The Open Doors Consortium
The Open Doors Consortium gives advice and support to community groups in Newcastle thinking of taking over buildings from the city council.
Asset transfer – taking over the management of a community building previously run by the council – can be a tricky process for a community group. The Open Doors Consortium was set up in 2013 to help groups in Newcastle to take over their community centre buildings from Newcastle City Council.
Independent asset transfer advice
The Open Doors Consortium (ODC) is made up of five organisations, all with a diverse but complimentary range of skills and experience: lead organisation Ouseburn Trust, Newcastle Council for Voluntary Service (NCVS), Locality, Boxx Consultants and Sustainable Enterprise Strategies (SES).
The group was commissioned to provide independent advice and support to voluntary management bodies considering the multiple asset transfer of community centres, owned by the council.
The ODC was selected via a procurement process. It was initially commissioned to provide voluntary and community groups with ‘pre pre-feasibility’ support for asset transfer. The specification for this work was actively shaped by the voluntary and community sector.
However, due to the positive impact of the work the contract has been extended twice to allow the ODC to support community organisations throughout the asset transfer process.
The Open Door Consortium’s first aim was to transfer the building to the community organisation based there – but in the event they weren’t interested, and with their agreement, other community groups were invited to bid for the building instead. The building would be transferred on a long lease, at no cost, with the community organisation taking responsibility for external and internal repairs.
The core of ODC’s support is one-to-one work with individual community centres around their long-term plans, management and viability of the centre. Each centre works with a named individual from Ouseburn Trust, Newcastle CVS, Locality or SES. As property specialists, Boxx Consultants helped management committees to understand information about the condition, repair and management of their building.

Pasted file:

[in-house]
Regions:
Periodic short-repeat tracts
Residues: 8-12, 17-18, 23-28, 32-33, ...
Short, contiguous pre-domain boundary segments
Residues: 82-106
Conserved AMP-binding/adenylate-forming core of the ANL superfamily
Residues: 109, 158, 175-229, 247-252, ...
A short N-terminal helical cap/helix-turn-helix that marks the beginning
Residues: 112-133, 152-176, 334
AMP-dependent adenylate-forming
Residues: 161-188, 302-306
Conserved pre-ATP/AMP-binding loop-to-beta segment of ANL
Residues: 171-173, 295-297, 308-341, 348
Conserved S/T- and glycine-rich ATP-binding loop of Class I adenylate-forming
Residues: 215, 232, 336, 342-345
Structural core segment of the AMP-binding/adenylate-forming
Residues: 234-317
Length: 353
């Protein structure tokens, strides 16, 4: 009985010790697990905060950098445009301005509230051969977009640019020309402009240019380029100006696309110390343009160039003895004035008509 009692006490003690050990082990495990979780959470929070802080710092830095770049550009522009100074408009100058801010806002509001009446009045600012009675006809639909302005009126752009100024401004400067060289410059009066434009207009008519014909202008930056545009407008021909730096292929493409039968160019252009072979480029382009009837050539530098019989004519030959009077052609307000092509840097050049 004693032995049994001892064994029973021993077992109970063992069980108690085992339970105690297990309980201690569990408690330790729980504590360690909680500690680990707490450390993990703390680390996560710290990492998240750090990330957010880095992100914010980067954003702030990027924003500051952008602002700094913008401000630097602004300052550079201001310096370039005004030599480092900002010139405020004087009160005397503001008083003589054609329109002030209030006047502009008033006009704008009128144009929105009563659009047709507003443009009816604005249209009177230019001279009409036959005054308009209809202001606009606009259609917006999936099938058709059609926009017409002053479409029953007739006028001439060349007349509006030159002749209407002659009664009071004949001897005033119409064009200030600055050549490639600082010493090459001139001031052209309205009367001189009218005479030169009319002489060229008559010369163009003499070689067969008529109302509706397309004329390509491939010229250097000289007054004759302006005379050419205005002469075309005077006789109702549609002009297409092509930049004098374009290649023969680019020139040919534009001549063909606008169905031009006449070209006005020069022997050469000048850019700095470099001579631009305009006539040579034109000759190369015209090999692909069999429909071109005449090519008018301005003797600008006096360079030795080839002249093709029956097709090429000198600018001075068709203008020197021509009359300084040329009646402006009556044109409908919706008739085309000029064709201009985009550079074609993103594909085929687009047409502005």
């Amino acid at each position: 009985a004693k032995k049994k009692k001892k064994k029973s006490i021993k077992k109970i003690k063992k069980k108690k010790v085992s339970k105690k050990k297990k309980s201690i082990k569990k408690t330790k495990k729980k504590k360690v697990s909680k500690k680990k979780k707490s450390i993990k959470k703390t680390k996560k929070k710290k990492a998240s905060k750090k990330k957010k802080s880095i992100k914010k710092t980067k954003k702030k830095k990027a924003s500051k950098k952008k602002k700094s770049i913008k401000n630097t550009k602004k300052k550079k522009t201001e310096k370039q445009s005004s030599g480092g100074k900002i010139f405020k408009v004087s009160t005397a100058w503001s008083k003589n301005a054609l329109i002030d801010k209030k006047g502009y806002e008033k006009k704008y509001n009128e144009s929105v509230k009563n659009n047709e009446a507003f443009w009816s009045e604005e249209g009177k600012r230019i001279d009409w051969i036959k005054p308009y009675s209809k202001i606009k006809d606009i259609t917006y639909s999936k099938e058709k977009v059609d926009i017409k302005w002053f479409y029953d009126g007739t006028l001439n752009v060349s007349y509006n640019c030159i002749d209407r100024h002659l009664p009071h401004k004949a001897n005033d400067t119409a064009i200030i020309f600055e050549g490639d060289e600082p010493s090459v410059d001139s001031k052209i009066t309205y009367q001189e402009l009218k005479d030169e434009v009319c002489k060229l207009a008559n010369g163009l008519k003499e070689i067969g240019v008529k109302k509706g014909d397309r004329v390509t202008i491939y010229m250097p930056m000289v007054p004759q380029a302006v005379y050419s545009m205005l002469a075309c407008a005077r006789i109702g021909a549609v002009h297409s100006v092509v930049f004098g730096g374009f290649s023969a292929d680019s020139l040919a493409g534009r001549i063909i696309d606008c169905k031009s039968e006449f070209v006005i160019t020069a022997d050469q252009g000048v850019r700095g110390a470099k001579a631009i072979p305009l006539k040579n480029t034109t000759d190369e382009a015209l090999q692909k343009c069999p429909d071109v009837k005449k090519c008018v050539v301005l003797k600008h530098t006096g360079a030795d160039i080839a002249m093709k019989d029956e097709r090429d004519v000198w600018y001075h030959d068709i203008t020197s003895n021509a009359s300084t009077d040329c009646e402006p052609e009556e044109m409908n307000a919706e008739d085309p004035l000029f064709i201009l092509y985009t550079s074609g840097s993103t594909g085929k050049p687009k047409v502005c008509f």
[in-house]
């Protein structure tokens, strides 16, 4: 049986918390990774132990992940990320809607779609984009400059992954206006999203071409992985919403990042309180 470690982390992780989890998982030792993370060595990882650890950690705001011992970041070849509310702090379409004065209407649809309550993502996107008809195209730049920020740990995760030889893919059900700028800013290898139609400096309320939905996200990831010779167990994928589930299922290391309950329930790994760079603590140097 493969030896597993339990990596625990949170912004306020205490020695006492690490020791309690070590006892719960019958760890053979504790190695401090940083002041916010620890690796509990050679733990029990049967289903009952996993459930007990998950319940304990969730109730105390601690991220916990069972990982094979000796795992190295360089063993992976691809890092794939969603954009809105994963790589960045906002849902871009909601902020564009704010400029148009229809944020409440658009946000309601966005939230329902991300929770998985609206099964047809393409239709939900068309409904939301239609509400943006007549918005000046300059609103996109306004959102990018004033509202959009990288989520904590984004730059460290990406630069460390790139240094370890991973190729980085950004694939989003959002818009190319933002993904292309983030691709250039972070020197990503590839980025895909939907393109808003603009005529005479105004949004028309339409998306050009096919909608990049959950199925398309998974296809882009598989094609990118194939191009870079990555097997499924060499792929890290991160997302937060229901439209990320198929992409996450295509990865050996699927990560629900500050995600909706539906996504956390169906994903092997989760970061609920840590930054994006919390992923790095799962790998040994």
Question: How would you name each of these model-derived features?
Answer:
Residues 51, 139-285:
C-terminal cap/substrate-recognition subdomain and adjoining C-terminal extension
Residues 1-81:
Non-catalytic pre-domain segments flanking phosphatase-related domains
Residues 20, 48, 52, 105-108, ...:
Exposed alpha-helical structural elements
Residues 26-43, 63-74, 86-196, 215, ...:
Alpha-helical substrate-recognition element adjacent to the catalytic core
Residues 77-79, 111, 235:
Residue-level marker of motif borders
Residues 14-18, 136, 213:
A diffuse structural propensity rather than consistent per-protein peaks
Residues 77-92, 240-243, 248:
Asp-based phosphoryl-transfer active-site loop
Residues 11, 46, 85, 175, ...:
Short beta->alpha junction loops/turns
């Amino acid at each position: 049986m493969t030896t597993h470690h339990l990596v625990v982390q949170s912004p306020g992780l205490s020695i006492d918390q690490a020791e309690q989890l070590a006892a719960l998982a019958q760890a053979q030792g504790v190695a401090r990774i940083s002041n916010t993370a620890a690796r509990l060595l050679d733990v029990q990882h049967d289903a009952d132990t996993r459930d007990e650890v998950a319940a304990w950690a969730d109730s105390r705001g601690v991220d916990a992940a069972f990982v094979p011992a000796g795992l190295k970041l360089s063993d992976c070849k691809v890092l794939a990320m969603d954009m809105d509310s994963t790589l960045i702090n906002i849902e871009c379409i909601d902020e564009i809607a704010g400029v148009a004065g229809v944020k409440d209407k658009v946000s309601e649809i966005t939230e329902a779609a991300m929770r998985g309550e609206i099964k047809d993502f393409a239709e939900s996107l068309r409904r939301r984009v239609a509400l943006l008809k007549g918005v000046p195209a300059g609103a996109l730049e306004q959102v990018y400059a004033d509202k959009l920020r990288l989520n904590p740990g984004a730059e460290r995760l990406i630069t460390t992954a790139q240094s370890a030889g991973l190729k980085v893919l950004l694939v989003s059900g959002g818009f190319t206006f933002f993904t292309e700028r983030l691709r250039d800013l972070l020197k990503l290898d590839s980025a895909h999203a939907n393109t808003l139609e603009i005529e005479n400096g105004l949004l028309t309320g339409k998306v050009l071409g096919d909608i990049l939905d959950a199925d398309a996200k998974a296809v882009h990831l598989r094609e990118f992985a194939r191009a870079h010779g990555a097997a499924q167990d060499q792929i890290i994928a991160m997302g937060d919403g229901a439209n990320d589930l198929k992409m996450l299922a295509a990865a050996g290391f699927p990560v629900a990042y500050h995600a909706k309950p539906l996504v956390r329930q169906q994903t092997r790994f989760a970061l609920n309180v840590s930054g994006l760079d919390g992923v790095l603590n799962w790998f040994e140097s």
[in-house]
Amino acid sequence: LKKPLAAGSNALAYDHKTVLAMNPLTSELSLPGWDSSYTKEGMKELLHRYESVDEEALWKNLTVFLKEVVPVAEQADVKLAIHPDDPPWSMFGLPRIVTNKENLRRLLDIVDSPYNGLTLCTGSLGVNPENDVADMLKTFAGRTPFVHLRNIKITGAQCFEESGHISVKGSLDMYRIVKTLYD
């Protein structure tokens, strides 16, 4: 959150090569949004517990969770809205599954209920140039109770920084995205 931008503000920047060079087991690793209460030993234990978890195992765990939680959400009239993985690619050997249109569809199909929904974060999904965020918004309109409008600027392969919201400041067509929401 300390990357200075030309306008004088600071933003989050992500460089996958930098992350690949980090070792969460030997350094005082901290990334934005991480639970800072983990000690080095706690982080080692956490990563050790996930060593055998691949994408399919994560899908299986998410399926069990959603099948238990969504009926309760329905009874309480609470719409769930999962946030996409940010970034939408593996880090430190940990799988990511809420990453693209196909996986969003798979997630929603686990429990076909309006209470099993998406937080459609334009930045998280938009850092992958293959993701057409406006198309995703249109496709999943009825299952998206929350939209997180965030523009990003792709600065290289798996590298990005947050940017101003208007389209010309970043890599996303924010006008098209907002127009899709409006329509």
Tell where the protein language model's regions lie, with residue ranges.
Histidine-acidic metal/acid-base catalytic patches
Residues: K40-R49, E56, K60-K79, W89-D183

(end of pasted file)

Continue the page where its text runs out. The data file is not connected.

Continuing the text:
- ODC has supported communities to understand what asset transfer means and identify their strengths and weaknesses in relation to this. ODC has enabled and empowered them to make informed decisions about the future of their community centre and how, if asset transfer is an appropriate option, to take this forward. Independence has been vital to this. Ongoing support includes facilitating peer support and exploring new partnerships to deliver efficiencies, for example groups coming together to explore commissioning of statutory testing.
- ODC developed an innovative ‘diagnostic tool’ which helped organisations identify areas of strength and improvement.
- ODC, in partnership with NCC, co-designed the second stage of NCC’s process for considering the appropriateness of asset transfer of community centres. Both partners worked together to explore a fair and flexible process.
- The process was not prescriptive about the format of information required to support an asset transfer. ODC supported one group with the innovative submission to NCC of a DVD.
- The lead organisation within OCD has secured funding from ‘Awards for All’ for a digital story telling project which will focus on change in community buildings. Community organisations have also been offered access to accredited training in hospitality to support them to increase the usage of their community building.
ODC’s support kicked off with two briefing sessions and provided training sessions throughout on, for example:
- understanding a lease
- governance and incorporation
- viability, accounts and earning income
Three major positives
Three major positives in Newcastle City Council’s approach to asset transfer are:
- holding disclosure meetings at the start of the process with groups considering community asset transfer. These face-to-face meetings outlined the process and shared information on the physical condition of the building
- viewing planned closure as a positive outcome. So ODC has supported organisations which decided that they lacked interest in or capacity to take an asset transfer to go through a positive closure process. This has included all the legal aspects of the closure plus looking to move their users to other locations
- being clear from the outset that it would only transfer to incorporated organisations, allowing ODC to work on this with individual centres from the outset.
The city council has said publicly that ODC’s contribution has significantly and positively exceeded the specification for this work.
The council sees the ODC approach to working in partnership as being extremely valuable. The council, the groups managing community buildings and also Newcastle’s communities having greatly benefited from ODC support and active shaping of the asset transfer process.